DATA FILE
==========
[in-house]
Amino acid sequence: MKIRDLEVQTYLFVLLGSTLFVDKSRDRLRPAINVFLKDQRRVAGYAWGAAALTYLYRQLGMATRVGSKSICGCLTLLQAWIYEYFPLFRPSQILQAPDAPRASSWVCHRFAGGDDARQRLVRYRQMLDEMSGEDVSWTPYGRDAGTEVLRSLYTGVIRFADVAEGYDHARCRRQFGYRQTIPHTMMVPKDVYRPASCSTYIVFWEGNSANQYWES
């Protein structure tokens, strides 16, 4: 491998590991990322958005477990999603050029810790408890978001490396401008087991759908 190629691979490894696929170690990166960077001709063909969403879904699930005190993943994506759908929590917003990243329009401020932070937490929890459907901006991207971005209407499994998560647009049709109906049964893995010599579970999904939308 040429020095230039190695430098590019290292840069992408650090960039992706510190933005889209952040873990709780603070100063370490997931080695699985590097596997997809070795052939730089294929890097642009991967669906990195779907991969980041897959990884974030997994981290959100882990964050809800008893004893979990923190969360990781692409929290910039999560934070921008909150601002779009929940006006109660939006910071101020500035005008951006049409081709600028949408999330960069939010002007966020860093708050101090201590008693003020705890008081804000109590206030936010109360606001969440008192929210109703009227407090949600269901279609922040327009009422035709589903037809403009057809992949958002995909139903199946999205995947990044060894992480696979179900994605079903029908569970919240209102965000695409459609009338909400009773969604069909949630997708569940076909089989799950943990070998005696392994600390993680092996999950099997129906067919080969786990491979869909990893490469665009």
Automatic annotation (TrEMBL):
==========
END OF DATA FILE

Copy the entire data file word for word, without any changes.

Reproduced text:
[in-house]
Amino acid sequence: MKIRDLEVQTYLFVLLGSTLFVDKSRDRLRPAINVFLKDQRRVAGYAWGAAALTYLYRQLGMATRVGSKSICGCLTLLQAWIYEYFPLFRPSQILQAPDAPRASSWVCHRFAGGDDARQRLVRYRQMLDEMSGEDVSWTPYGRDAGTEVLRSLYTGVIRFADVAEGYDHARCRRQFGYRQTIPHTMMVPKDVYRPASCSTYIVFWEGNSANQYWES
């Protein structure tokens, strides 16, 4: 491998590991990322958005477990999603050029810790408890978001490396401008087991759908 190629691979490894696929170690990166960077001709063909969403879904699930005190993943994506759908929590917003990243329009401020932070937490929890459907901006991207971005209407499994998560647009049709109906049964893995010599579970999904939308 040429020095230039190695430098590019290292840069992408650090960039992706510190933005889209952040873990709780603070100063370490997931080695699985590097596997997809070795052939730089294929890097642009991967669906990195779907991969980041897959990884974030997994981290959100882990964050809800008893004893979990923190969360990781692409929290910039999560934070921008909150601002779009929940006006109660939006910071101020500035005008951006049409081709600028949408999330960069939010002007966020860093708050101090201590008693003020705890008081804000109590206030936010109360606001969440008192929210109703009227407090949600269901279609922040327009009422035709589903037809403009057809992949958002995909139903199946999205995947990044060894992480696979179900994605079903029908569970919240209102965000695409459609009338909400009773969604069909949630997708569940076909089989799950943990070998005696392994600390993680092996999950099997129906067919080969786990491979869909990893490469665009």
Automatic annotation (TrEMBL):